Despite a call for business rate reforms to assist in the safeguarding of jobs and businesses moving forwards, no new announcements were made.

However, a review of the current system was published in October 2021, and the government has said that it intends to outline its plans for a business rate reform in the Autumn Budget 2022.

In the meantime, the previously announced discount scheme for business rates in the retail, leisure, and hospitality sectors begins in April. This scheme will provide a 50% rate relief, with the current 66% discount ending on 31st March. The business rates multiplier will also remain frozen for 2022-23.

Driving innovation through R&D tax credits

The Chancellor announced his ongoing commitment to improving R&D tax credits, with draft legislation set to be published this summer. The UK is a world leader in the robotics, AI, manufacturing, and design sectors, and the upcoming legislation aims to boost these sectors.

Read More: A Guide To Research and Development Accounting

Plans in the pipeline to encourage business investment

The government will consider a series of potential policy changes to the UK's current capital allowance regime ahead of April 2023. These proposed changes will aim to drive productivity growth forwards after the super-deduction ends by encouraging business investment. The government will be engaging with interested parties and business organisations between now and Autumn.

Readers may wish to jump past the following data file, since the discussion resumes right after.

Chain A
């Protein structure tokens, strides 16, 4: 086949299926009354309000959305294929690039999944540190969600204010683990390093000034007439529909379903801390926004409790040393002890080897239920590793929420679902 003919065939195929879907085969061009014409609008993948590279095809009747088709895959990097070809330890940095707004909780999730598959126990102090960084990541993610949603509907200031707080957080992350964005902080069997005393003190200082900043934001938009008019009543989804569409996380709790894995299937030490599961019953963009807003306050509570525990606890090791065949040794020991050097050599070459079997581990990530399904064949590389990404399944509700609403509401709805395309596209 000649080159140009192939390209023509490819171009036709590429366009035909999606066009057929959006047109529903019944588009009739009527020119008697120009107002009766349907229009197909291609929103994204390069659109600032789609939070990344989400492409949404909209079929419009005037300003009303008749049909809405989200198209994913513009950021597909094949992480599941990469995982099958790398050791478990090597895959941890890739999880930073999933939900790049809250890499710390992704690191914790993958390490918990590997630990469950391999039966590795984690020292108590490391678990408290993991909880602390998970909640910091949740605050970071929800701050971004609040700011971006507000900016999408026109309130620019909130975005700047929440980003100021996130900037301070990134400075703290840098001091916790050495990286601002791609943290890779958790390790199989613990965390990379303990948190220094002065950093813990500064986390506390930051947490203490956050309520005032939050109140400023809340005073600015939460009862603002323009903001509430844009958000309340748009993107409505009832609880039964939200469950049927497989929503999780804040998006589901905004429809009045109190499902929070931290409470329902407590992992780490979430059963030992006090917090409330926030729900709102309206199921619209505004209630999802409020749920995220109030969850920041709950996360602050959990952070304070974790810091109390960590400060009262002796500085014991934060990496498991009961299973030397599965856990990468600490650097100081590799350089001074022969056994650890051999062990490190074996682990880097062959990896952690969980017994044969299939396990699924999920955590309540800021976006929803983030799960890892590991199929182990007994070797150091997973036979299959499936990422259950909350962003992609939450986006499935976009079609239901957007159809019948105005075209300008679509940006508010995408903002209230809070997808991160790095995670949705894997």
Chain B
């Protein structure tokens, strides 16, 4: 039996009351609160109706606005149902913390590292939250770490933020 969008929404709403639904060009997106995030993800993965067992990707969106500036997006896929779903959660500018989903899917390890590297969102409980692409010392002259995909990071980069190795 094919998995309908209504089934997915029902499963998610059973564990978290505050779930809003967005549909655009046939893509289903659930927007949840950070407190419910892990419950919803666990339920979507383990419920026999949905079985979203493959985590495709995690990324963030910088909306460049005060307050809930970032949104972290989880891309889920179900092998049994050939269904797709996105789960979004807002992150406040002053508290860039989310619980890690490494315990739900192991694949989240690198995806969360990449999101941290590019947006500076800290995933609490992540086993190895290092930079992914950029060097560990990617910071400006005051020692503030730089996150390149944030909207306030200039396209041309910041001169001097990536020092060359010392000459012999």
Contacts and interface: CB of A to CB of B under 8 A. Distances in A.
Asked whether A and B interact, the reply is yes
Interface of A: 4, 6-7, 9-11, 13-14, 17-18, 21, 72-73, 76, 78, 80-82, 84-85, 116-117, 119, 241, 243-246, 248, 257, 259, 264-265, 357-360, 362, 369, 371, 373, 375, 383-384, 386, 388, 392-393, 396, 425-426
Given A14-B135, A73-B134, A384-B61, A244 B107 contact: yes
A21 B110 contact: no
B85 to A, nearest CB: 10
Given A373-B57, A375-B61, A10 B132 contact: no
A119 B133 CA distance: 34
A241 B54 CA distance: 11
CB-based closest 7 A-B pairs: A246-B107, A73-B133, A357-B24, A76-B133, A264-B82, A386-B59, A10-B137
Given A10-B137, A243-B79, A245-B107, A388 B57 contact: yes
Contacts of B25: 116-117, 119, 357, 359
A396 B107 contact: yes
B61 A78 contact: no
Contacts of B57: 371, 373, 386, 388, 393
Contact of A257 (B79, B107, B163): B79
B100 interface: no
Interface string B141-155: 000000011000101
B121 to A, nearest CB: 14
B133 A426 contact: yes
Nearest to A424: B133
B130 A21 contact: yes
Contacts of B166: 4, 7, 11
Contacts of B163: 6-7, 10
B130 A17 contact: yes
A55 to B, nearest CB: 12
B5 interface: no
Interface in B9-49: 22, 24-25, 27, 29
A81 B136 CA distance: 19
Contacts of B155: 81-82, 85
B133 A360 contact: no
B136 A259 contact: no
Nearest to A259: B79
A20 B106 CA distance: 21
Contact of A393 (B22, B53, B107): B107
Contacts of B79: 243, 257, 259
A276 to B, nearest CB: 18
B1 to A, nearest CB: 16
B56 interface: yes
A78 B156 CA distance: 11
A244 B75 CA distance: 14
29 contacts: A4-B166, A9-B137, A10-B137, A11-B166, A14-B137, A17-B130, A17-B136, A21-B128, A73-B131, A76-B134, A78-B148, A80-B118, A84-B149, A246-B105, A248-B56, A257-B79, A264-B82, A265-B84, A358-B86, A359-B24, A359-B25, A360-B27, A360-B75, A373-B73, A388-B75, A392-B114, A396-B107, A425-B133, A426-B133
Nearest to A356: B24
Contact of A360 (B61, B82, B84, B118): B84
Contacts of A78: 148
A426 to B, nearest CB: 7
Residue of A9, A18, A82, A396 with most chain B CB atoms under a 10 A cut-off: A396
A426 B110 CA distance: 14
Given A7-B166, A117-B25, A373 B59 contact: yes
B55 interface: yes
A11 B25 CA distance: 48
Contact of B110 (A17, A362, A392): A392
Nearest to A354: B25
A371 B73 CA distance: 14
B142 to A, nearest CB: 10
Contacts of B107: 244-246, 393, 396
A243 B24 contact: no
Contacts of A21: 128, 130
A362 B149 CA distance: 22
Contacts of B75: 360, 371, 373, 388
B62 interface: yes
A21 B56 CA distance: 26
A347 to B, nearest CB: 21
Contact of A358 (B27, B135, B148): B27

New tax reforms on the horizon

The Chancellor also announced that he wants to reduce and reform the current taxation model during this Parliament, but we will have to wait and see precisely what this will entail. However, he did specify that, by the end of this Parliament in 2024, he intends to reduce the basic rate of income tax by one percent, taking it from 20% down to 19%.

The Chancellor explained that such tax cuts must be paid for, and that it would not be responsible to make that move during economic uncertainty.

Staying up to date with all the new and upcoming changes can be complicated and time-consuming. Our team of small business accountants and solicitors are highly-experienced in helping small businesses navigate business, finances and taxes.

Get in touch with us today for further advice on 0207 043 4000 or You can also get an instant accounting quote here.